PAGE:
Researchers with the U.S. Department of Energy (DOE)'s Lawrence Berkeley National Laboratory (Berkeley Lab) and the University of California, Berkeley, have developed an elegant and powerful new microscale actuator that can flex like a tiny beckoning finger. Based on an oxide material that expands and contracts dramatically in response to a small temperature variation, the actuators are smaller than the width of a human hair and are promising for microfluidics, drug delivery, and artificial muscles.
Penguins that face the bitter cold and icy winds of Antarctica often huddle together in large groups for warmth during storms. Mathematicians at the University of California, Merced created a model of penguin huddles that assumes each penguin aims solely to minimize its own heat loss.
As Quantum International Corp. explores the potential of tiny nanobots to revolutionize medicine, new robotics breakthroughs could soon pave the way for a potential cure for cancer.
Research and Markets has declared that its report series has been supplemented with a new report from Elsevier Science and Technology titled ‘Microbiorobotics- Biologically Inspired Microscale Robotic Systems’.
Dr. David Cappelleri, Stevens Institute of Technology’s assistant professor of Mechanical Engineering has won the prestigious CAREER Award from National Science Foundation (NSF). Being one of the most enthusiastic programs conducted by the NSF, the CAREER Award supports the faculty’s initial career development in sciences, thereby motivating them to be researchers and professors in future.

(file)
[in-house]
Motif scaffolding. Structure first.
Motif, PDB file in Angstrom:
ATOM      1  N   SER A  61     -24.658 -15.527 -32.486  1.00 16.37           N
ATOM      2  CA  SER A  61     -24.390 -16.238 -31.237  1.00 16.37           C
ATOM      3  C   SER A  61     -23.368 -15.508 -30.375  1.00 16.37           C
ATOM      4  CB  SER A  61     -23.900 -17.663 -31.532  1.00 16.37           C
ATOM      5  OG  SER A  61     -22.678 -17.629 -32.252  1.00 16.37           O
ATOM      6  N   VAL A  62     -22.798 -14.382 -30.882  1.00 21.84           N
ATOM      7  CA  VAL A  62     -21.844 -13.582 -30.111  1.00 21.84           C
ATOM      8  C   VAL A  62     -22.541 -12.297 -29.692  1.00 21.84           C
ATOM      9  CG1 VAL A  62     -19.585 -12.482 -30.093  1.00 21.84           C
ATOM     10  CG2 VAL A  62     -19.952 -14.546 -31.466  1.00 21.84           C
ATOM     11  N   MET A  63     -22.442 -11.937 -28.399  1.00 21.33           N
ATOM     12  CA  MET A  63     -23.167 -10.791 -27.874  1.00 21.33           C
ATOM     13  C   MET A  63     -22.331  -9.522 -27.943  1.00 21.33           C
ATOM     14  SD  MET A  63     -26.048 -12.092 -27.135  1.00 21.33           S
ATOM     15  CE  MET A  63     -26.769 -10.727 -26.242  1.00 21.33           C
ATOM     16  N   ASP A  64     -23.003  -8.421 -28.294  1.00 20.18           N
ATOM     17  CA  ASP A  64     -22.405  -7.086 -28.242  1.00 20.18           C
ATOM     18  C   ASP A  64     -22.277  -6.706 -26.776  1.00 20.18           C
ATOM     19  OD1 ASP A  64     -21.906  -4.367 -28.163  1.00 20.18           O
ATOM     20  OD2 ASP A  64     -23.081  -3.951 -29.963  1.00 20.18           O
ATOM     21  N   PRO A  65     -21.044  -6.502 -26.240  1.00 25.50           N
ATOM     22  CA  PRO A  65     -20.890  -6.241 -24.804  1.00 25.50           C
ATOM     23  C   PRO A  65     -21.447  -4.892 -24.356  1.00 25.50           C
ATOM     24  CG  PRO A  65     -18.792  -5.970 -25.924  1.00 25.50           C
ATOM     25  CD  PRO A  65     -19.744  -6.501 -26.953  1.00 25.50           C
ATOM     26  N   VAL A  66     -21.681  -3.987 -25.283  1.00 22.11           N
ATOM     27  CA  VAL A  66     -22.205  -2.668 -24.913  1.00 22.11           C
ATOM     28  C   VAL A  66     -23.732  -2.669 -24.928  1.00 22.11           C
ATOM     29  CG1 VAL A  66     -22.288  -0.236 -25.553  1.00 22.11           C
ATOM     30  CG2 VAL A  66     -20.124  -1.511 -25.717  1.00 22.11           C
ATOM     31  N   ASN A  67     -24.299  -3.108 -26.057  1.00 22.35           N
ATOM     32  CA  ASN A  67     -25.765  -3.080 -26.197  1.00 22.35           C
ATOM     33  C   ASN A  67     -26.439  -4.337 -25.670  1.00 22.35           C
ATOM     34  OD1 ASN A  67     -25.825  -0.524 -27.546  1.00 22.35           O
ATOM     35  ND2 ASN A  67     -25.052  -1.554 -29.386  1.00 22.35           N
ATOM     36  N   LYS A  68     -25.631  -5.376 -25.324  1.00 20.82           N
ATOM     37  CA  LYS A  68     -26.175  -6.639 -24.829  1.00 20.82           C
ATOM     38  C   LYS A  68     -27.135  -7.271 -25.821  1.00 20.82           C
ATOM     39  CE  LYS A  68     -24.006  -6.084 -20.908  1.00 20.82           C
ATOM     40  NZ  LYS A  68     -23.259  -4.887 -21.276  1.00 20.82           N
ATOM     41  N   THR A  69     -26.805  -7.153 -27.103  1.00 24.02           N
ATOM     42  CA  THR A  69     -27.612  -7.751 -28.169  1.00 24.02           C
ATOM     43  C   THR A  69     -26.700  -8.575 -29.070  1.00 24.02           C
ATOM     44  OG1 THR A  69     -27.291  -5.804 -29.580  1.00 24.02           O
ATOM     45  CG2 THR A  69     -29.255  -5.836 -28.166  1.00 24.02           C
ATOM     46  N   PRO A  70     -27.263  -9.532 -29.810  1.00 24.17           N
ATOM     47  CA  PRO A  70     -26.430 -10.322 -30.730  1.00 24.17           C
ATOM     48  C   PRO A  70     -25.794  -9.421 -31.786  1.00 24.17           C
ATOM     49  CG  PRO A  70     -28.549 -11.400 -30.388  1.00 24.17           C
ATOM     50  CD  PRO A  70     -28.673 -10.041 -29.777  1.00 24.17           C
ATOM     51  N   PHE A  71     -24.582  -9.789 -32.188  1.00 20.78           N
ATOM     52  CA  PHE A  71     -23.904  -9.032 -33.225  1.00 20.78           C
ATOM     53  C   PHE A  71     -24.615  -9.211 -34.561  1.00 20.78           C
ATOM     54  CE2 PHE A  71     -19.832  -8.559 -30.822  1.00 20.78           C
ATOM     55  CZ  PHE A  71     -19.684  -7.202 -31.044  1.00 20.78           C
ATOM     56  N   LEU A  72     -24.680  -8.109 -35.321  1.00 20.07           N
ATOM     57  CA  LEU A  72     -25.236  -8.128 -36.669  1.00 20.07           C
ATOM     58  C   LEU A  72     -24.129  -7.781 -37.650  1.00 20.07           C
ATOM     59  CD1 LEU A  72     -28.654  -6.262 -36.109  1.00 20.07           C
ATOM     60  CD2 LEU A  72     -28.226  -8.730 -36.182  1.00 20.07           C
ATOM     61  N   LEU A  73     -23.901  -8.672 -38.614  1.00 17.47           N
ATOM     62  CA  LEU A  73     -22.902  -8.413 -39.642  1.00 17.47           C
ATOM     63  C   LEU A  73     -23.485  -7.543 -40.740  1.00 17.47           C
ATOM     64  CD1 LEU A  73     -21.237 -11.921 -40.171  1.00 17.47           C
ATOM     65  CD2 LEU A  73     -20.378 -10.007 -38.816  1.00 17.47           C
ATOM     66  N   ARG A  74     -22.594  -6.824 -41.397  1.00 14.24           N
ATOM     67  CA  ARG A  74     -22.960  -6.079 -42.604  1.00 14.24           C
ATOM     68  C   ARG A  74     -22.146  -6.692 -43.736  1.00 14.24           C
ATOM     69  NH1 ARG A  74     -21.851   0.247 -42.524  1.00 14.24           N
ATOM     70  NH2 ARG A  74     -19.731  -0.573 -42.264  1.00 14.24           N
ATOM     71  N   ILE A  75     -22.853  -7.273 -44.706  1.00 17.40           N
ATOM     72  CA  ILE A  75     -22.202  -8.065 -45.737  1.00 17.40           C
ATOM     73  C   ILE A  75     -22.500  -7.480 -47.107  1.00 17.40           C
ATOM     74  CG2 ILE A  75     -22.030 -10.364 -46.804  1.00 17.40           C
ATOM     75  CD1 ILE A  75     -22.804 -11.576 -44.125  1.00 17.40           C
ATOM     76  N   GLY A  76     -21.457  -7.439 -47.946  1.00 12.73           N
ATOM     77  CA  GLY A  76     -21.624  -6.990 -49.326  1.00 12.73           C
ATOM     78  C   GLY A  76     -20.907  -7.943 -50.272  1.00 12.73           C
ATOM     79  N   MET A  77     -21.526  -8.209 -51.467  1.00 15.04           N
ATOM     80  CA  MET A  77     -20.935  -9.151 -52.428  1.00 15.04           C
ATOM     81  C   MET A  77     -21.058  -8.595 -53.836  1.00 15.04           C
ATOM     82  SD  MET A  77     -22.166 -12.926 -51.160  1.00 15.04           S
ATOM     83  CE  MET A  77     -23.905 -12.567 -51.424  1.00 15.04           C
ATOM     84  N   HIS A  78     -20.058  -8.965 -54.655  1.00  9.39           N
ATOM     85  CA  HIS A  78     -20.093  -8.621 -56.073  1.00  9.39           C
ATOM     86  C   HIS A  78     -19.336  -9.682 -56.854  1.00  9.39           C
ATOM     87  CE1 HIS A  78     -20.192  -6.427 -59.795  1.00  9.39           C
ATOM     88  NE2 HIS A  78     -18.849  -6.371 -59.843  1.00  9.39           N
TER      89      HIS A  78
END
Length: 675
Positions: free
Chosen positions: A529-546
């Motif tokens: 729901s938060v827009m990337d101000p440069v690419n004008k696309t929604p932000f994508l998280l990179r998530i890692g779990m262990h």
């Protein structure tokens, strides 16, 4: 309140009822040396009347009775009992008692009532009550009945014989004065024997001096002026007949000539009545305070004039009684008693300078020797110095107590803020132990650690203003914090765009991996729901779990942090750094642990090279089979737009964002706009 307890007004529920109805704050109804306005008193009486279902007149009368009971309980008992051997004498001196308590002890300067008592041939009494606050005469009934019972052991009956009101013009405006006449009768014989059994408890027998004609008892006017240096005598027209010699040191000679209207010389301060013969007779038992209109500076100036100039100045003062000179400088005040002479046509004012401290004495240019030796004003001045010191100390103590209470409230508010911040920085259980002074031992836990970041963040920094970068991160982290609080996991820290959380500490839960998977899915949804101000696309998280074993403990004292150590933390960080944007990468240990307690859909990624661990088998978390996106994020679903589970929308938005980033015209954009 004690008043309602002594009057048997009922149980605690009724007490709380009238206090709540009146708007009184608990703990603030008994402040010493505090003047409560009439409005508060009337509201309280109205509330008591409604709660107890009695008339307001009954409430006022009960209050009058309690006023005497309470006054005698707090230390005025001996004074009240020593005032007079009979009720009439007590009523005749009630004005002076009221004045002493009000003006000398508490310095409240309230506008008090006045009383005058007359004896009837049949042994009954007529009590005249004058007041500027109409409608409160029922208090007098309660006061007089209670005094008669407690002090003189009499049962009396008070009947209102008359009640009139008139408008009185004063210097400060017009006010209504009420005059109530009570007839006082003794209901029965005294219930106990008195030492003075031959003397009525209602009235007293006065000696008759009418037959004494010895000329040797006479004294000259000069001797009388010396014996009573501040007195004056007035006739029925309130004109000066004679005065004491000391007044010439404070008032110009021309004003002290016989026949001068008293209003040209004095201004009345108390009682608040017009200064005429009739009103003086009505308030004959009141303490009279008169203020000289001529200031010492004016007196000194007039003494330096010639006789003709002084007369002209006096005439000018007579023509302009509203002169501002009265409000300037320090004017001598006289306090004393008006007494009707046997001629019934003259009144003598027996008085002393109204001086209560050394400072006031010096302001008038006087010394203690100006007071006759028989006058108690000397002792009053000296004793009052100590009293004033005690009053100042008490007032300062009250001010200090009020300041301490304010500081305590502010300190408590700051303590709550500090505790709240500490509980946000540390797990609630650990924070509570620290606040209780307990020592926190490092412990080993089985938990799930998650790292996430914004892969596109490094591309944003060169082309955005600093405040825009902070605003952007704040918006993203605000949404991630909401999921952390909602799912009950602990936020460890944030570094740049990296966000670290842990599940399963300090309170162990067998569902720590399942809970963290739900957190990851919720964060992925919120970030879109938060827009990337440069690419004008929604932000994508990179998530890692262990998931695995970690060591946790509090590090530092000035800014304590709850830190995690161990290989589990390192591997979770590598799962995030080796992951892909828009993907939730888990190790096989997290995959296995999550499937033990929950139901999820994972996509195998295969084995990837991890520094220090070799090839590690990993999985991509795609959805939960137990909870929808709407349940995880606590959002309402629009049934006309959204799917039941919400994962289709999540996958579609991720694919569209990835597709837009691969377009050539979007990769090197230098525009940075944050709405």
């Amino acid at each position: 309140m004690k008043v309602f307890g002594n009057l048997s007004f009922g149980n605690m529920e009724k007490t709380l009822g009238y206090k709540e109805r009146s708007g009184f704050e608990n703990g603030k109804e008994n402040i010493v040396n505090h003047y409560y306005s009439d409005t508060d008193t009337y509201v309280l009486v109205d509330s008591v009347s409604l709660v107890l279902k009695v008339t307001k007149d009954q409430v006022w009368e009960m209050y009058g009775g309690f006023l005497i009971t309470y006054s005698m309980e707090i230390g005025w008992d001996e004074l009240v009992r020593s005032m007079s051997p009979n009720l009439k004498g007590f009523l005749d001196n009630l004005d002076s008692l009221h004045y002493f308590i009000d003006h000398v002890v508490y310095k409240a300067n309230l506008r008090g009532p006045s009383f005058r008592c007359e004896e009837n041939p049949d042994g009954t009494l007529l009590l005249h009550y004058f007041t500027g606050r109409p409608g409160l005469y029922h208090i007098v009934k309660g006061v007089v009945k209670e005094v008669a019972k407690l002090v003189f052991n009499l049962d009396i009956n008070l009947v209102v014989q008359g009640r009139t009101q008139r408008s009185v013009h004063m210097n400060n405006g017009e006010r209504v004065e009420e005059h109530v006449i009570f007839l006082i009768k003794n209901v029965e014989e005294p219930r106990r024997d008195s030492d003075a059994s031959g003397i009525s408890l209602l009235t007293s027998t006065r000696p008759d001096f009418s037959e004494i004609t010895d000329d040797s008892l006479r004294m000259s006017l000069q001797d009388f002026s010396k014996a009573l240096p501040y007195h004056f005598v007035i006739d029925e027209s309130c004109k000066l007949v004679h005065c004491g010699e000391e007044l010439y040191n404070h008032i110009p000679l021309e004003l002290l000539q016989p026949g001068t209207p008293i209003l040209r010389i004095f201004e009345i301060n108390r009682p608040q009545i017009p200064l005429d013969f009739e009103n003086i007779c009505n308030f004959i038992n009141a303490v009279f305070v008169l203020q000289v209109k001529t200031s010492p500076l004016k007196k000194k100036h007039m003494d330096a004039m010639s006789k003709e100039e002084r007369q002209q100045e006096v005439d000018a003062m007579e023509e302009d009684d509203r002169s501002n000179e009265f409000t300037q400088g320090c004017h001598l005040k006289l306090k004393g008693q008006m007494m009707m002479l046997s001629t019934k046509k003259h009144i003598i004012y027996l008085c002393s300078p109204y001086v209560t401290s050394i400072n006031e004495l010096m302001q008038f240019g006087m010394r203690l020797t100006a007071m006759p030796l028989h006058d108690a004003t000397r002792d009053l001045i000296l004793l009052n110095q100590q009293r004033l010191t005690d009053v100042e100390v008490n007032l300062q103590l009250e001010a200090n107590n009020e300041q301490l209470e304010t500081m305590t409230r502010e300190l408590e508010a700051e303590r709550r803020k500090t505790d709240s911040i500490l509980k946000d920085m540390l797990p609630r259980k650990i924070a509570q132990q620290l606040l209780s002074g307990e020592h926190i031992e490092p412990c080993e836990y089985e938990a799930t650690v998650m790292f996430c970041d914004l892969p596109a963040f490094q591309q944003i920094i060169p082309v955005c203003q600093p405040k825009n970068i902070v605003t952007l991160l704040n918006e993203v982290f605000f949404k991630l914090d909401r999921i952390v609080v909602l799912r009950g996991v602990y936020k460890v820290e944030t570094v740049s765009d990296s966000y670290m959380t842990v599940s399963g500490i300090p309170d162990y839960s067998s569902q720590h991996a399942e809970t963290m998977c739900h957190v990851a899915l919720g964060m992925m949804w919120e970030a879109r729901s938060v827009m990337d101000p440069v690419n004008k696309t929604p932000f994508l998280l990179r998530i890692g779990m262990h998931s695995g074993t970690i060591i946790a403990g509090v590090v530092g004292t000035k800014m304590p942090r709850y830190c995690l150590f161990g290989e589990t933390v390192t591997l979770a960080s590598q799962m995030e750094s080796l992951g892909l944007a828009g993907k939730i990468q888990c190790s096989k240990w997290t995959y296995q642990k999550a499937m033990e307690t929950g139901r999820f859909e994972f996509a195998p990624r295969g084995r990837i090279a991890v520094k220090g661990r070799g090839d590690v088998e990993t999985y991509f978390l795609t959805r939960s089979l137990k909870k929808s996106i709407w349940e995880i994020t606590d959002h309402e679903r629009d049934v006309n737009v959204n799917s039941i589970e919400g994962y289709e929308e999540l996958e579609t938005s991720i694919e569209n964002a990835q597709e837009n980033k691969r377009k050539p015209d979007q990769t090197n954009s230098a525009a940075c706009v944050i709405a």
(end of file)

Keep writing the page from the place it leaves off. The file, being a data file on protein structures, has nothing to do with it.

Several clones of robotic insects will be soon mass-produced from a single sheet, a technique that has found its inspiration from children’s pop-up books and origami.
Did you think the traditional Japanese art of Origami was just about folding paper? Think again as new ‘Origami robots’ that are powered by air can entertain you by bending and twisting into different shapes. They can even make a grip and lift more than 100 times their own weight.
For the past four months, high school students have been working in teams to program tiny robots to fly on board the International Space Station, as part of the Michigan Institute of Technology’s (MIT) competition, Zero Robotics Challenge.
Researchers at the Center for Biosignatures Discovery Automation of the Biodesign Institute at the Arizona State University are designing and developing Sensorbots for exploring the ocean. These Sensorbots are spherical devices that have biogeochemical sensors.
An all-terrain robot must be compact yet versatile enough to move across rough surfaces. The machine may also need to climb slopes of different gradients.